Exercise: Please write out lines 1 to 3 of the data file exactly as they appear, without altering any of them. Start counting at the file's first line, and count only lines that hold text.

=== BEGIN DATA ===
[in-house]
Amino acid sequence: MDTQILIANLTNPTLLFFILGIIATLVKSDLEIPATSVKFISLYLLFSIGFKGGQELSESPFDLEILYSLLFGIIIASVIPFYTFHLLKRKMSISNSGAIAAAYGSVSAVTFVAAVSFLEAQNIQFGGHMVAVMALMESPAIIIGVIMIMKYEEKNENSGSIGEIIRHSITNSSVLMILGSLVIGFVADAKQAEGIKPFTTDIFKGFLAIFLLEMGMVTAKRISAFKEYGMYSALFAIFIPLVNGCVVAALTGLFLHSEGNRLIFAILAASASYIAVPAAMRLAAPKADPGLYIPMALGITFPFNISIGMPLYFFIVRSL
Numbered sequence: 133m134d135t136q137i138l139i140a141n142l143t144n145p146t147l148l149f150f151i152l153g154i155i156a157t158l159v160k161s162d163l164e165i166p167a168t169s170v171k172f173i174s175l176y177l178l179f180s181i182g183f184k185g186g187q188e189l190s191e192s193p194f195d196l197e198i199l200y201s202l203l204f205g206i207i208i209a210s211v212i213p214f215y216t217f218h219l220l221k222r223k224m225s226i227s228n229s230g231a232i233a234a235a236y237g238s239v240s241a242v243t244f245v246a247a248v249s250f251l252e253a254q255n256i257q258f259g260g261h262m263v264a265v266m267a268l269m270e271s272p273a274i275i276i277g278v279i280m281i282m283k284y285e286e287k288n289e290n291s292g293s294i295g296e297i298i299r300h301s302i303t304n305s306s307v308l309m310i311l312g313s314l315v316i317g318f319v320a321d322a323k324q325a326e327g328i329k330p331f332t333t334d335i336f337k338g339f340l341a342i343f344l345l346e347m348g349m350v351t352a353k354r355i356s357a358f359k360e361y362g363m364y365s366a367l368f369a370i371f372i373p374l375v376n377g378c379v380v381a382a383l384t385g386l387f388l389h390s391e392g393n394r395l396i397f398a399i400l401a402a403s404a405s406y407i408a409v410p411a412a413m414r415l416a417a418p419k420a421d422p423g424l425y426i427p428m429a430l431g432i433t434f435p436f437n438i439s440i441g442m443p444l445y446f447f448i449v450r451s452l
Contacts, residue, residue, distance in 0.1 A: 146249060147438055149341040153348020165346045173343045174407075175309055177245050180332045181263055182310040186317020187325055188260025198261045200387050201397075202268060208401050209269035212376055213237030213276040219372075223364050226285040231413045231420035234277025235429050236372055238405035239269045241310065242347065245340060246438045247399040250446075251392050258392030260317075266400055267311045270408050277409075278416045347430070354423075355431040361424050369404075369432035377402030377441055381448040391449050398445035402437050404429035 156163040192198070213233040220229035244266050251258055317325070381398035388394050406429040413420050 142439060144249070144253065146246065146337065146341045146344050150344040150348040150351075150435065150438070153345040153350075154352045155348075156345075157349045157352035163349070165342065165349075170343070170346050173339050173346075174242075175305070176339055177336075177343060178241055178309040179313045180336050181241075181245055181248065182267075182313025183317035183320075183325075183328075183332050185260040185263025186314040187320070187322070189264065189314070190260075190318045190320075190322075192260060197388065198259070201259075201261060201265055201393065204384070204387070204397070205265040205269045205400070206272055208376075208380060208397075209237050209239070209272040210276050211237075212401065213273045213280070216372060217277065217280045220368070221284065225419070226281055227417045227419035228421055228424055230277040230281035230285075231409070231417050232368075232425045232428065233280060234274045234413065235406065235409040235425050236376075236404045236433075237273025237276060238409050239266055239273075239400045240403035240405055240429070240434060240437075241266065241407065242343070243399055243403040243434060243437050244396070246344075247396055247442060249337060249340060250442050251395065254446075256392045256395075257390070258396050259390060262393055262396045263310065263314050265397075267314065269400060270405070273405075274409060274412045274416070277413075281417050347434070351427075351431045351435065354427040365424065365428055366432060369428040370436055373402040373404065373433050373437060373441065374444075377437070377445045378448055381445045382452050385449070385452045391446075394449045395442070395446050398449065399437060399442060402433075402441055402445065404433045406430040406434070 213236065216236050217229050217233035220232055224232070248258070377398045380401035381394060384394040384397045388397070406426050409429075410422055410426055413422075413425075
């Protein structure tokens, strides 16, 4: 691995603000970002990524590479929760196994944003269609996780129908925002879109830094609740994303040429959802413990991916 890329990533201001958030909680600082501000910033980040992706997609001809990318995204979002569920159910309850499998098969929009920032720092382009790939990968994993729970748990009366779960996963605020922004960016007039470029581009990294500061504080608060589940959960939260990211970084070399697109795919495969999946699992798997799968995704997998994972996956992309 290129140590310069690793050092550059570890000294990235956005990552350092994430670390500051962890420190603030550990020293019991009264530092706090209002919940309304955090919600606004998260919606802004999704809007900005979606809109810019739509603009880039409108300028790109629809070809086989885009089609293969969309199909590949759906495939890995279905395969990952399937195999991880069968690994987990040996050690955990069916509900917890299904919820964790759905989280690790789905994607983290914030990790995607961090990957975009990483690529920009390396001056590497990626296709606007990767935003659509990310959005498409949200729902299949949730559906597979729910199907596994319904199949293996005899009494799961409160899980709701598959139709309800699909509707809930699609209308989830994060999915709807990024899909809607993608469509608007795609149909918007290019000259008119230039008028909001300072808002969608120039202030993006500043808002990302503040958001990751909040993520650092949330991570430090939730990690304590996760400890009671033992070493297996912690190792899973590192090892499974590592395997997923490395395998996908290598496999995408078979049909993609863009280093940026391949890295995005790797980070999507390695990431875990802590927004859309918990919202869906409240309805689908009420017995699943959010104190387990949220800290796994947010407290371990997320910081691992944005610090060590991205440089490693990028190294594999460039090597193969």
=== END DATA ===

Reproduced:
[in-house]
Amino acid sequence: MDTQILIANLTNPTLLFFILGIIATLVKSDLEIPATSVKFISLYLLFSIGFKGGQELSESPFDLEILYSLLFGIIIASVIPFYTFHLLKRKMSISNSGAIAAAYGSVSAVTFVAAVSFLEAQNIQFGGHMVAVMALMESPAIIIGVIMIMKYEEKNENSGSIGEIIRHSITNSSVLMILGSLVIGFVADAKQAEGIKPFTTDIFKGFLAIFLLEMGMVTAKRISAFKEYGMYSALFAIFIPLVNGCVVAALTGLFLHSEGNRLIFAILAASASYIAVPAAMRLAAPKADPGLYIPMALGITFPFNISIGMPLYFFIVRSL
Numbered sequence: 133m134d135t136q137i138l139i140a141n142l143t144n145p146t147l148l149f150f151i152l153g154i155i156a157t158l159v160k161s162d163l164e165i166p167a168t169s170v171k172f173i174s175l176y177l178l179f180s181i182g183f184k185g186g187q188e189l190s191e192s193p194f195d196l197e198i199l200y201s202l203l204f205g206i207i208i209a210s211v212i213p214f215y216t217f218h219l220l221k222r223k224m225s226i227s228n229s230g231a232i233a234a235a236y237g238s239v240s241a242v243t244f245v246a247a248v249s250f251l252e253a254q255n256i257q258f259g260g261h262m263v264a265v266m267a268l269m270e271s272p273a274i275i276i277g278v279i280m281i282m283k284y285e286e287k288n289e290n291s292g293s294i295g296e297i298i299r300h301s302i303t304n305s306s307v308l309m310i311l312g313s314l315v316i317g318f319v320a321d322a323k324q325a326e327g328i329k330p331f332t333t334d335i336f337k338g339f340l341a342i343f344l345l346e347m348g349m350v351t352a353k354r355i356s357a358f359k360e361y362g363m364y365s366a367l368f369a370i371f372i373p374l375v376n377g378c379v380v381a382a383l384t385g386l387f388l389h390s391e392g393n394r395l396i397f398a399i400l401a402a403s404a405s406y407i408a409v410p411a412a413m414r415l416a417a418p419k420a421d422p423g424l425y426i427p428m429a430l431g432i433t434f435p436f437n438i439s440i441g442m443p444l445y446f447f448i449v450r451s452l